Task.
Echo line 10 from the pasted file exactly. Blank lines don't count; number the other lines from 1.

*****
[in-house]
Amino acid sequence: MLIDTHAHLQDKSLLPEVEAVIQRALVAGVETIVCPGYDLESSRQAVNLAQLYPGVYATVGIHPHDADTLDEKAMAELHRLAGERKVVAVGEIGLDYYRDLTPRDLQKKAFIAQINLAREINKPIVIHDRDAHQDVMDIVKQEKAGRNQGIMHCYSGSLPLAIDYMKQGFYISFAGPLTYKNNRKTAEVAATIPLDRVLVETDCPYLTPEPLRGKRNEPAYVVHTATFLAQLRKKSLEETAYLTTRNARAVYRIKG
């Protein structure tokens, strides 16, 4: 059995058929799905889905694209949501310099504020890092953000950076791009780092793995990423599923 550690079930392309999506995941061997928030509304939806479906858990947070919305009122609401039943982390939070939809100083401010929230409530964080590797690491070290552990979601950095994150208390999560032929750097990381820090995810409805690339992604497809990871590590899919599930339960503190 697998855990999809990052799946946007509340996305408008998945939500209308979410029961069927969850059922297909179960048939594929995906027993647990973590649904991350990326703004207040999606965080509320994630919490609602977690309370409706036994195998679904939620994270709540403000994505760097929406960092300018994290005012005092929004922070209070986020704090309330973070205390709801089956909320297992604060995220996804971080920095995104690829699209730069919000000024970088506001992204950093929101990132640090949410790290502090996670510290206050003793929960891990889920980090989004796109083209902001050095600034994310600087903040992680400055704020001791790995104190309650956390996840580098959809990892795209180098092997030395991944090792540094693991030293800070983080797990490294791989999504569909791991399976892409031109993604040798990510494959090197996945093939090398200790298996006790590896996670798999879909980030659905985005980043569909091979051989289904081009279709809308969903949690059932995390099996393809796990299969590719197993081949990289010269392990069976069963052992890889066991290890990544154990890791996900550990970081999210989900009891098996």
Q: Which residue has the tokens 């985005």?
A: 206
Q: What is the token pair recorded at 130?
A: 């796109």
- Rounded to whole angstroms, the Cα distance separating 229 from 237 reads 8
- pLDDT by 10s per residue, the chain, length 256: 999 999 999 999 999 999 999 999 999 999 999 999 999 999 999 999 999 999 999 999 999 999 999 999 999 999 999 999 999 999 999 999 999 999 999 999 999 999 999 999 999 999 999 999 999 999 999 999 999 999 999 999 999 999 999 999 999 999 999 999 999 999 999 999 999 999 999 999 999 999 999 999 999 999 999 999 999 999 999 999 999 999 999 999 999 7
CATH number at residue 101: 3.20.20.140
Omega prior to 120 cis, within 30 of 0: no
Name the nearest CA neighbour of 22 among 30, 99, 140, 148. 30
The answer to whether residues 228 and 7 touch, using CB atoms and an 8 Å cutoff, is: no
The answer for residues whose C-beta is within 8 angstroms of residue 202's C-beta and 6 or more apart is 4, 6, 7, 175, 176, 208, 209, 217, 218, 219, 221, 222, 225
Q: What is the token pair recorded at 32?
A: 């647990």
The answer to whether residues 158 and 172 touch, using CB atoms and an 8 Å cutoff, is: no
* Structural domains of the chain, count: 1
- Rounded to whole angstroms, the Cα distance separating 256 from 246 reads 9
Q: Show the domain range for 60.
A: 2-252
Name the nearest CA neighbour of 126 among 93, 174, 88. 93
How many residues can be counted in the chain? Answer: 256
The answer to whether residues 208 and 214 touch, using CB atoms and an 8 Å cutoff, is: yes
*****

CATH number at residue 101: 3.20.20.140